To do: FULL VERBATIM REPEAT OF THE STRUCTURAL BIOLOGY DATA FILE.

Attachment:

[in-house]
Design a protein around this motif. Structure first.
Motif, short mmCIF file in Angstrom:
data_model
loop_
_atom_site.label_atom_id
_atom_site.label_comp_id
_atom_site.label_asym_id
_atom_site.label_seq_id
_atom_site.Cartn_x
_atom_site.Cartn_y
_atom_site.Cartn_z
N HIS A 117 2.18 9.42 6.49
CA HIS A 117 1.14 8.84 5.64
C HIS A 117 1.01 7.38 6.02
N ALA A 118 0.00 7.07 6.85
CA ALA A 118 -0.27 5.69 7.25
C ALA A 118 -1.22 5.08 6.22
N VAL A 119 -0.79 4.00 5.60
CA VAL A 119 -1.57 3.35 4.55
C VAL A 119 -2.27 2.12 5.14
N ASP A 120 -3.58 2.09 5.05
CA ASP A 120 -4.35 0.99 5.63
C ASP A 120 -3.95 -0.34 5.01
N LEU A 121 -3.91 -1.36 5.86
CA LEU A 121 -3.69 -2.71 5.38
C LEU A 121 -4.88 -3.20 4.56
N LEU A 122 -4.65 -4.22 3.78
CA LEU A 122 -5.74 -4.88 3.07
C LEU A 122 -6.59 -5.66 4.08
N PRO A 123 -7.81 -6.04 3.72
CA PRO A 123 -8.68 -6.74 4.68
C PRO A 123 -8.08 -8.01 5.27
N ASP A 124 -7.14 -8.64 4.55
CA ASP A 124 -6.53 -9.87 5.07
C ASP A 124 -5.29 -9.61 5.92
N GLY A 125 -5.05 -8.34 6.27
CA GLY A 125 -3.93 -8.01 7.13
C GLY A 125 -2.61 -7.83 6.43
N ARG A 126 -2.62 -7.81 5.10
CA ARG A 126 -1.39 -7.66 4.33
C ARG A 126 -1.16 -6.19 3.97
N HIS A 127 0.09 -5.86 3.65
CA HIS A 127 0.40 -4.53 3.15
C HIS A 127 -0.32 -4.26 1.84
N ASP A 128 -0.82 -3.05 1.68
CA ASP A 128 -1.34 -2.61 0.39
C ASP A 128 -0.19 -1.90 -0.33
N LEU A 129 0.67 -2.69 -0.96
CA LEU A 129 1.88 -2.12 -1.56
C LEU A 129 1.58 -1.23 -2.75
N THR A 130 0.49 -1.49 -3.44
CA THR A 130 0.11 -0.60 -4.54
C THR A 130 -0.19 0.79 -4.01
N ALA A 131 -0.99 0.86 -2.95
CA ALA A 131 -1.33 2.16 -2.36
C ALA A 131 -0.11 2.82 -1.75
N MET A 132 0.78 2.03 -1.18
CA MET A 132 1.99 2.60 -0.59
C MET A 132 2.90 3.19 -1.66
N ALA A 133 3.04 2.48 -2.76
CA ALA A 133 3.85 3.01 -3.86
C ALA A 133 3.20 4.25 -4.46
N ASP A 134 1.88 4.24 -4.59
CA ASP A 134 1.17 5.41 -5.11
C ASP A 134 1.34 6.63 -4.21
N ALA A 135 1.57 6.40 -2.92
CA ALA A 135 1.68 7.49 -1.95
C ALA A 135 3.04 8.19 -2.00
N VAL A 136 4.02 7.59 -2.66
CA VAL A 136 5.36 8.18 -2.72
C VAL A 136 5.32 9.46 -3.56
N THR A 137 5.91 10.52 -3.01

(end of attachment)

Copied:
[in-house]
Design a protein around this motif. Structure first.
Motif, short mmCIF file in Angstrom:
data_model
loop_
_atom_site.label_atom_id
_atom_site.label_comp_id
_atom_site.label_asym_id
_atom_site.label_seq_id
_atom_site.Cartn_x
_atom_site.Cartn_y
_atom_site.Cartn_z
N HIS A 117 2.18 9.42 6.49
CA HIS A 117 1.14 8.84 5.64
C HIS A 117 1.01 7.38 6.02
N ALA A 118 0.00 7.07 6.85
CA ALA A 118 -0.27 5.69 7.25
C ALA A 118 -1.22 5.08 6.22
N VAL A 119 -0.79 4.00 5.60
CA VAL A 119 -1.57 3.35 4.55
C VAL A 119 -2.27 2.12 5.14
N ASP A 120 -3.58 2.09 5.05
CA ASP A 120 -4.35 0.99 5.63
C ASP A 120 -3.95 -0.34 5.01
N LEU A 121 -3.91 -1.36 5.86
CA LEU A 121 -3.69 -2.71 5.38
C LEU A 121 -4.88 -3.20 4.56
N LEU A 122 -4.65 -4.22 3.78
CA LEU A 122 -5.74 -4.88 3.07
C LEU A 122 -6.59 -5.66 4.08
N PRO A 123 -7.81 -6.04 3.72
CA PRO A 123 -8.68 -6.74 4.68
C PRO A 123 -8.08 -8.01 5.27
N ASP A 124 -7.14 -8.64 4.55
CA ASP A 124 -6.53 -9.87 5.07
C ASP A 124 -5.29 -9.61 5.92
N GLY A 125 -5.05 -8.34 6.27
CA GLY A 125 -3.93 -8.01 7.13
C GLY A 125 -2.61 -7.83 6.43
N ARG A 126 -2.62 -7.81 5.10
CA ARG A 126 -1.39 -7.66 4.33
C ARG A 126 -1.16 -6.19 3.97
N HIS A 127 0.09 -5.86 3.65
CA HIS A 127 0.40 -4.53 3.15
C HIS A 127 -0.32 -4.26 1.84
N ASP A 128 -0.82 -3.05 1.68
CA ASP A 128 -1.34 -2.61 0.39
C ASP A 128 -0.19 -1.90 -0.33
N LEU A 129 0.67 -2.69 -0.96
CA LEU A 129 1.88 -2.12 -1.56
C LEU A 129 1.58 -1.23 -2.75
N THR A 130 0.49 -1.49 -3.44
CA THR A 130 0.11 -0.60 -4.54
C THR A 130 -0.19 0.79 -4.01
N ALA A 131 -0.99 0.86 -2.95
CA ALA A 131 -1.33 2.16 -2.36
C ALA A 131 -0.11 2.82 -1.75
N MET A 132 0.78 2.03 -1.18
CA MET A 132 1.99 2.60 -0.59
C MET A 132 2.90 3.19 -1.66
N ALA A 133 3.04 2.48 -2.76
CA ALA A 133 3.85 3.01 -3.86
C ALA A 133 3.20 4.25 -4.46
N ASP A 134 1.88 4.24 -4.59
CA ASP A 134 1.17 5.41 -5.11
C ASP A 134 1.34 6.63 -4.21
N ALA A 135 1.57 6.40 -2.92
CA ALA A 135 1.68 7.49 -1.95
C ALA A 135 3.04 8.19 -2.00
N VAL A 136 4.02 7.59 -2.66
CA VAL A 136 5.36 8.18 -2.72
C VAL A 136 5.32 9.46 -3.56
N THR A 137 5.91 10.52 -3.01